Objective: In animal models with cerebral ischemia, an increase in body temperature is associated with a larger infarction size. In patients with acute ischemic stroke body temperature within normal values is associated with lower mortality and few neurological defects. The aim of our study is to verify whether an increase in body temperature is an independent predictor of short term mortality. Methods: Data concerning 359 old patients consecutively admitted to Internal Medicine ad Geriatrics university Department for "major" acute ischemic stroke have been collected with regard to clinical history, clinical and neurological examination, and laboratory parameters. Fever has been defined as a body temperature higher than 37° Celsius occurred within the first week after admission to the hospital. Short term mortality (within 30 days) was the main outcome of the study. Results: The overall short-term mortality was 28.3%. Among subjects with fever (136, 37.9%) occurred 52.9% of deceased. Fever was associated with mortality at the univariate logistic analysis (OR = 4.8 IC 95% 3.1-7.8; p = 0.001). After multivariate adjustment for potential confounders the risk of death was still double in subjects with high body temperature (OR = 2.1 IC 95%: 1.1-4.3; p = 0.002). Conclusions: Our study confirm the role of fever as predictor of short-term mortality in old subjects with ischemic stroke. This association seems to be independent of many conditions possibly related with fever or death.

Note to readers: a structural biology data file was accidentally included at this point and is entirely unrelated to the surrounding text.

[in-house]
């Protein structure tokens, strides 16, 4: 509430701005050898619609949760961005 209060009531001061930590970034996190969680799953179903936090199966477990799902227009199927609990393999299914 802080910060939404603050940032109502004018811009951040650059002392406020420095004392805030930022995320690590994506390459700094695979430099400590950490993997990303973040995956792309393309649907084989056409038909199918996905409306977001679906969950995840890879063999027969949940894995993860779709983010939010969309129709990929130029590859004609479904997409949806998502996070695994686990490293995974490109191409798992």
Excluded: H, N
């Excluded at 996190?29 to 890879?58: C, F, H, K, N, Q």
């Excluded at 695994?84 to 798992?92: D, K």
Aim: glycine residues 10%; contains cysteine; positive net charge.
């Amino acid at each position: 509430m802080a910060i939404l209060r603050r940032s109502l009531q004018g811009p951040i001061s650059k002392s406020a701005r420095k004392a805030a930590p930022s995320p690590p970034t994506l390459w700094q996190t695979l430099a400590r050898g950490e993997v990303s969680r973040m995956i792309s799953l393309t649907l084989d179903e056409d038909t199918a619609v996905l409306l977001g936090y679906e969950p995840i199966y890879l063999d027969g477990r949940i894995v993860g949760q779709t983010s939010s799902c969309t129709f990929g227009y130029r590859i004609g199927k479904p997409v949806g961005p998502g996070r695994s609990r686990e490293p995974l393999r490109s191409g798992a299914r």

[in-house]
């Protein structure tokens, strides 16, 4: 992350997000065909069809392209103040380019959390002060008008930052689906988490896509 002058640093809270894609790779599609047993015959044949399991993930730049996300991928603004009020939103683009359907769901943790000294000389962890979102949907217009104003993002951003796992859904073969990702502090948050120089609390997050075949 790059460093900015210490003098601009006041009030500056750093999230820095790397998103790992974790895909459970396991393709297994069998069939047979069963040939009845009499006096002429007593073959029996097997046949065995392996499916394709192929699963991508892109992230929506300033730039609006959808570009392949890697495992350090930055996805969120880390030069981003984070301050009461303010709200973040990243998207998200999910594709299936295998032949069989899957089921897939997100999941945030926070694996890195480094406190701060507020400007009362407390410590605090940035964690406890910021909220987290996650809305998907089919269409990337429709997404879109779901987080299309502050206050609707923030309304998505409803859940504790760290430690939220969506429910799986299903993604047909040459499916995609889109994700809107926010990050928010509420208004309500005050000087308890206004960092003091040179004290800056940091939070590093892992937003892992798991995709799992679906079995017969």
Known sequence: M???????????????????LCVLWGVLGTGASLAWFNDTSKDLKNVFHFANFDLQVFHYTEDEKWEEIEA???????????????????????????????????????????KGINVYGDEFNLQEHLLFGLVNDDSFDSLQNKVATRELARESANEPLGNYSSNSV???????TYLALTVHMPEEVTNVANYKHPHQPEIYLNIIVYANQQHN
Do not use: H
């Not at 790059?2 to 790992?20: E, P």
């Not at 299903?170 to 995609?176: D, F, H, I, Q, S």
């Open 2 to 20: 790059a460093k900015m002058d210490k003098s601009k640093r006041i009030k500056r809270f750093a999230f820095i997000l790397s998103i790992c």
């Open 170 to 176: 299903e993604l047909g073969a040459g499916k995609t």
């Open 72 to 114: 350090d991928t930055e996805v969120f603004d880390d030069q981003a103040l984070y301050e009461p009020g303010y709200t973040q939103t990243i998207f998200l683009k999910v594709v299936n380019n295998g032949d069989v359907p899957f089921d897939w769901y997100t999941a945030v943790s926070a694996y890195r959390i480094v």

|Translated title of the contribution||Fever increases the risk of death in elderly subjects with ischemic stroke|
|Number of pages||6|
|Journal||Giornale di Gerontologia|
|Publication status||Published - Jun 2004|
ASJC Scopus subject areas
- Geriatrics and Gerontology